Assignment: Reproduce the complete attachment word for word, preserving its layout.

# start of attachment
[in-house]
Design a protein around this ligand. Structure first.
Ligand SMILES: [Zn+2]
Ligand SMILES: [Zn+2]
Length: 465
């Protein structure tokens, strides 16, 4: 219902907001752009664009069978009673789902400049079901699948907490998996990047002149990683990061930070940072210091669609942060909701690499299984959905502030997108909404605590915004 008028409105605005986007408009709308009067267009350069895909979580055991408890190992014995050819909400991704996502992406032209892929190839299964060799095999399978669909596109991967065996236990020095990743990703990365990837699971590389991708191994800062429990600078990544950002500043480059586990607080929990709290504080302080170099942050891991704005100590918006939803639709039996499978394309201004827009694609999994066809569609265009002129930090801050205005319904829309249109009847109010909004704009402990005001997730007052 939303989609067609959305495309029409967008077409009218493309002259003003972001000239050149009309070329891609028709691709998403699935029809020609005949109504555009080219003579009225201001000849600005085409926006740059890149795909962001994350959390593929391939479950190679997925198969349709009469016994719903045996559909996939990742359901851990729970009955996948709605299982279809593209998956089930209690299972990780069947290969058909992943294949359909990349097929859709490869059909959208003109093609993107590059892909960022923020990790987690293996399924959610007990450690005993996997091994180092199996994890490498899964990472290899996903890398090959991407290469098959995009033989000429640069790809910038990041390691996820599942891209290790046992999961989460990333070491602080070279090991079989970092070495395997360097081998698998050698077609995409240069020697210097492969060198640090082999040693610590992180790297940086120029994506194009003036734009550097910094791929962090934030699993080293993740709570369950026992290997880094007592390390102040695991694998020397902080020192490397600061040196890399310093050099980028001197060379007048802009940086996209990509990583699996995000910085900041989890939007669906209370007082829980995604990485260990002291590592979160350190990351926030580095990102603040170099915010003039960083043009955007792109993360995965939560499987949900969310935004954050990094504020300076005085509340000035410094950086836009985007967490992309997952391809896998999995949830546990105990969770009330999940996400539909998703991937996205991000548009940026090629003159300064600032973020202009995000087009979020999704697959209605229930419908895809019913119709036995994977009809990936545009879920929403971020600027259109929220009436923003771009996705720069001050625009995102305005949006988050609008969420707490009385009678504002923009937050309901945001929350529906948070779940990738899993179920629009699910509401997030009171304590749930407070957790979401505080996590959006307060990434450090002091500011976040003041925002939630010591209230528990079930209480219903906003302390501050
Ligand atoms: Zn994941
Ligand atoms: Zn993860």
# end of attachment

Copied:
[in-house]
Design a protein around this ligand. Structure first.
Ligand SMILES: [Zn+2]
Ligand SMILES: [Zn+2]
Length: 465
């Protein structure tokens, strides 16, 4: 219902907001752009664009069978009673789902400049079901699948907490998996990047002149990683990061930070940072210091669609942060909701690499299984959905502030997108909404605590915004 008028409105605005986007408009709308009067267009350069895909979580055991408890190992014995050819909400991704996502992406032209892929190839299964060799095999399978669909596109991967065996236990020095990743990703990365990837699971590389991708191994800062429990600078990544950002500043480059586990607080929990709290504080302080170099942050891991704005100590918006939803639709039996499978394309201004827009694609999994066809569609265009002129930090801050205005319904829309249109009847109010909004704009402990005001997730007052 939303989609067609959305495309029409967008077409009218493309002259003003972001000239050149009309070329891609028709691709998403699935029809020609005949109504555009080219003579009225201001000849600005085409926006740059890149795909962001994350959390593929391939479950190679997925198969349709009469016994719903045996559909996939990742359901851990729970009955996948709605299982279809593209998956089930209690299972990780069947290969058909992943294949359909990349097929859709490869059909959208003109093609993107590059892909960022923020990790987690293996399924959610007990450690005993996997091994180092199996994890490498899964990472290899996903890398090959991407290469098959995009033989000429640069790809910038990041390691996820599942891209290790046992999961989460990333070491602080070279090991079989970092070495395997360097081998698998050698077609995409240069020697210097492969060198640090082999040693610590992180790297940086120029994506194009003036734009550097910094791929962090934030699993080293993740709570369950026992290997880094007592390390102040695991694998020397902080020192490397600061040196890399310093050099980028001197060379007048802009940086996209990509990583699996995000910085900041989890939007669906209370007082829980995604990485260990002291590592979160350190990351926030580095990102603040170099915010003039960083043009955007792109993360995965939560499987949900969310935004954050990094504020300076005085509340000035410094950086836009985007967490992309997952391809896998999995949830546990105990969770009330999940996400539909998703991937996205991000548009940026090629003159300064600032973020202009995000087009979020999704697959209605229930419908895809019913119709036995994977009809990936545009879920929403971020600027259109929220009436923003771009996705720069001050625009995102305005949006988050609008969420707490009385009678504002923009937050309901945001929350529906948070779940990738899993179920629009699910509401997030009171304590749930407070957790979401505080996590959006307060990434450090002091500011976040003041925002939630010591209230528990079930209480219903906003302390501050
Ligand atoms: Zn994941
Ligand atoms: Zn993860």